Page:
This is perhaps the weirdest pairing of the evening (Molly PH versus Isa? No? Okay then). I’m a big fan of both songs, but I think Isa may be trying too hard to get somewhere. Vocally (and physically), she’s can’t measure up to the lofty standards I Will Wait sets for her. SaRaha, on the other hand, owns Kizunguzungu, and is clearly completely comfortable and in her zone with Afro-pop. It’s not too intense, and she’s not straining to belt it out – which is the opposite impression I get from Isa. I think SaRaha’s ease and confidence (plus her sensational Spotify stats) will see her through to the final tonight.

Who I want to win Isa…SaRaha…I DON’T KNOW!!!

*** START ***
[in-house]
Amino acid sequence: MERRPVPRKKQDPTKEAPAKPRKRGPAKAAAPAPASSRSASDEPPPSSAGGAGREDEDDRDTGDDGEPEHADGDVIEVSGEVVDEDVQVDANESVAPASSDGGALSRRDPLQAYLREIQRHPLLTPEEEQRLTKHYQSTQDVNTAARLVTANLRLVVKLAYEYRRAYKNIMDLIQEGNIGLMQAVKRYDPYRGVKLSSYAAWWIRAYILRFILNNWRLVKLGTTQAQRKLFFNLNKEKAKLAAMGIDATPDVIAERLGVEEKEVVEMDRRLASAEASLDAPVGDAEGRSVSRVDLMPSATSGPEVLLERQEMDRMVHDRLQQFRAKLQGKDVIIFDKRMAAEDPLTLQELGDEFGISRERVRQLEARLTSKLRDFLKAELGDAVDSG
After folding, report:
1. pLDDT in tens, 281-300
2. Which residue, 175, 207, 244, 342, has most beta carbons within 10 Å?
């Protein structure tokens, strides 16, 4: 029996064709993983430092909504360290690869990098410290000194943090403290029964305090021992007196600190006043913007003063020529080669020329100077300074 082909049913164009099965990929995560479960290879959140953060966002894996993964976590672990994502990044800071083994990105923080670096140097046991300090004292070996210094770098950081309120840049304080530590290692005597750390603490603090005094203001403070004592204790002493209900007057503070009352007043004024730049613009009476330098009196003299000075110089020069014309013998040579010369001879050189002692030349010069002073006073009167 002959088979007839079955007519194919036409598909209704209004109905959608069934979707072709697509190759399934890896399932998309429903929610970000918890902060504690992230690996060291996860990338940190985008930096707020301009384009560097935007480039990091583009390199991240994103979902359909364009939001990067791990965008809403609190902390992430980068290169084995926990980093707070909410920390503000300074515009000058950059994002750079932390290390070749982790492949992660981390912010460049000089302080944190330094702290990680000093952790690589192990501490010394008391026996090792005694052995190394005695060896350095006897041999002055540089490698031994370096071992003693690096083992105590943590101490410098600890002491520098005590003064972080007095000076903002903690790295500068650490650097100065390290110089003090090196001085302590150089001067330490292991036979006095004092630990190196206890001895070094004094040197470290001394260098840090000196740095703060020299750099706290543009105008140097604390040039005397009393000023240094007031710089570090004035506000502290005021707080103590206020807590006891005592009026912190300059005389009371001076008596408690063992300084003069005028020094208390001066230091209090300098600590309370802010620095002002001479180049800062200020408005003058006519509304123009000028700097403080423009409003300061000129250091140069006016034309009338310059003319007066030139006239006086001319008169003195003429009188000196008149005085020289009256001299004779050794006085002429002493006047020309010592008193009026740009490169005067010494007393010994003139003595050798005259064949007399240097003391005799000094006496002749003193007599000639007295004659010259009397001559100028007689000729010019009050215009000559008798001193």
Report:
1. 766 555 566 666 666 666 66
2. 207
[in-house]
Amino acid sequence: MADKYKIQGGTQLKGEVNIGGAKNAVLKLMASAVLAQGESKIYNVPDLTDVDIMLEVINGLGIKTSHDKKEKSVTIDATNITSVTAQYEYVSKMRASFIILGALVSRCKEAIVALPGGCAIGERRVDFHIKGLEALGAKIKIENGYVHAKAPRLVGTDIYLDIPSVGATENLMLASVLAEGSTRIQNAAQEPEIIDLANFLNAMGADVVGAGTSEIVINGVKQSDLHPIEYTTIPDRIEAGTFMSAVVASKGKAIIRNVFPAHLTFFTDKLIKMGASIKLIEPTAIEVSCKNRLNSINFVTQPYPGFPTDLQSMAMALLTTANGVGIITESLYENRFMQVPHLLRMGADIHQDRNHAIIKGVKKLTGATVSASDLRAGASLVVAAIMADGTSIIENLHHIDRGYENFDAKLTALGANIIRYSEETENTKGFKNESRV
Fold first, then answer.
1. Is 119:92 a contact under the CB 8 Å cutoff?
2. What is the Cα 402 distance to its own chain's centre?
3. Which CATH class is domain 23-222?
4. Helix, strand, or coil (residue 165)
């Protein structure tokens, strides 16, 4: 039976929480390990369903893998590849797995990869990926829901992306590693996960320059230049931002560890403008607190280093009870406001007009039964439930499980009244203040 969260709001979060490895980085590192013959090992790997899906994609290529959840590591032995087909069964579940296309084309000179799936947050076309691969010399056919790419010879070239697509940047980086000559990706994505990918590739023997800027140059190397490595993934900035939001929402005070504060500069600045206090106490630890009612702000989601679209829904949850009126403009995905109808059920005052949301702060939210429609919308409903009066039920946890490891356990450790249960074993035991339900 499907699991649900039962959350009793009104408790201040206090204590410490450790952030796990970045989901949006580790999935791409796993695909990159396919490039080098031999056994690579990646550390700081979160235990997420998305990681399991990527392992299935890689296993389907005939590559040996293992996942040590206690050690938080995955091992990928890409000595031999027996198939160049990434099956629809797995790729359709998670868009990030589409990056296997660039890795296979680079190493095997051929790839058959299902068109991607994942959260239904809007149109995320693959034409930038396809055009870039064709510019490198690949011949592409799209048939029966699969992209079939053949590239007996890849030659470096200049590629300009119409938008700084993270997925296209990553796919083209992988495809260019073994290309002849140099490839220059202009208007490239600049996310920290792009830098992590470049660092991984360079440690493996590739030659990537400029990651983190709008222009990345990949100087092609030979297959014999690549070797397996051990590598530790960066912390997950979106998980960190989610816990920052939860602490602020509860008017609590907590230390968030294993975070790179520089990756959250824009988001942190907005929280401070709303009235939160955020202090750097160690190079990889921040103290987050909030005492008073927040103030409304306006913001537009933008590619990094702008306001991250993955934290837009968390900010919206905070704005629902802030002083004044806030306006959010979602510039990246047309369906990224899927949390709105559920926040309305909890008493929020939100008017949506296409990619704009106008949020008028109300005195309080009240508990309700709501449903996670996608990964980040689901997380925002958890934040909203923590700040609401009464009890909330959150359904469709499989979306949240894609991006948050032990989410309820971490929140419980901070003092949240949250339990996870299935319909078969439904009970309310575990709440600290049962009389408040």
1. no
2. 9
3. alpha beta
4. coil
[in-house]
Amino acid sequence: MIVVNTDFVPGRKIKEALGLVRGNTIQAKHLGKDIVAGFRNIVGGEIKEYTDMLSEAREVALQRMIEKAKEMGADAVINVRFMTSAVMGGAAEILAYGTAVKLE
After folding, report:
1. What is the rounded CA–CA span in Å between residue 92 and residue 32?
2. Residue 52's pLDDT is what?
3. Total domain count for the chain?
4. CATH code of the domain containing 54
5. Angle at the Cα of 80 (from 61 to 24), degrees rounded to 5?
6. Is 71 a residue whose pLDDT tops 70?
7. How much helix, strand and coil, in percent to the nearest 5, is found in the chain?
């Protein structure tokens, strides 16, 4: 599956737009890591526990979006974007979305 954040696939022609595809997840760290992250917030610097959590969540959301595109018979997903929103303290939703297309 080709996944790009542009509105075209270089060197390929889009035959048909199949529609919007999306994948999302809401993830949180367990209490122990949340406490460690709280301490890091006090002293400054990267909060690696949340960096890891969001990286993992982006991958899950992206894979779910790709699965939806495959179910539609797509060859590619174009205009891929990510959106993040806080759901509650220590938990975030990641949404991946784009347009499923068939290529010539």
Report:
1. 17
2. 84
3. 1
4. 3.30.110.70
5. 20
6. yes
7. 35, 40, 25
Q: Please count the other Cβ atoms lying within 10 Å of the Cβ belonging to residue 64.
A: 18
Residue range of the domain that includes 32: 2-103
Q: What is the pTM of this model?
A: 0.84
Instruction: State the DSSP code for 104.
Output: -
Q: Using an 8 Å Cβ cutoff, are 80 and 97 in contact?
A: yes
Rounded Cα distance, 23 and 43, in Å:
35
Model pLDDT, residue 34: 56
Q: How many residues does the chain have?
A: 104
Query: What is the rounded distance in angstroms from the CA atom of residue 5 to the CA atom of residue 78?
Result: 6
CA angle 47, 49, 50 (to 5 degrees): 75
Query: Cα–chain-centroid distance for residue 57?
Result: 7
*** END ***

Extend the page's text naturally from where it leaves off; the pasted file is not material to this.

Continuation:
Who WILL win SaRaha



Duel 4: Rollercoaster by Dolly Style VS Bada Nakna by Samir & Viktor


Ah, finally! A duel that makes sense. Almost-novelty against almost-novelty. We need to get rid of one of these acts/songs, and I think Rollercoaster will be the one to get the silver platform boot. The force that is Samir & Viktor shouldn’t be underestimated, despite the fact that they didn’t manage to go direkt this time around. Their fans will be out to compensate for that “injustice” by systematically destroying Dolly Style via a tsunami of televotes. I can totally live with that.

Who I want to win Samir & Viktor

 Who WILL win Samir & Viktor



Sadly (seriously, have some tissues at the ready) that’s all I’ve got time for, folks. After all, a good-quality pre-Melfest nap must take priority over not napping.

As always, leave your thoughts on any recent or imminent Eurovisual happenings down below. And – this is not optional – enjoy this second-last Saturday of national final season while it lasts!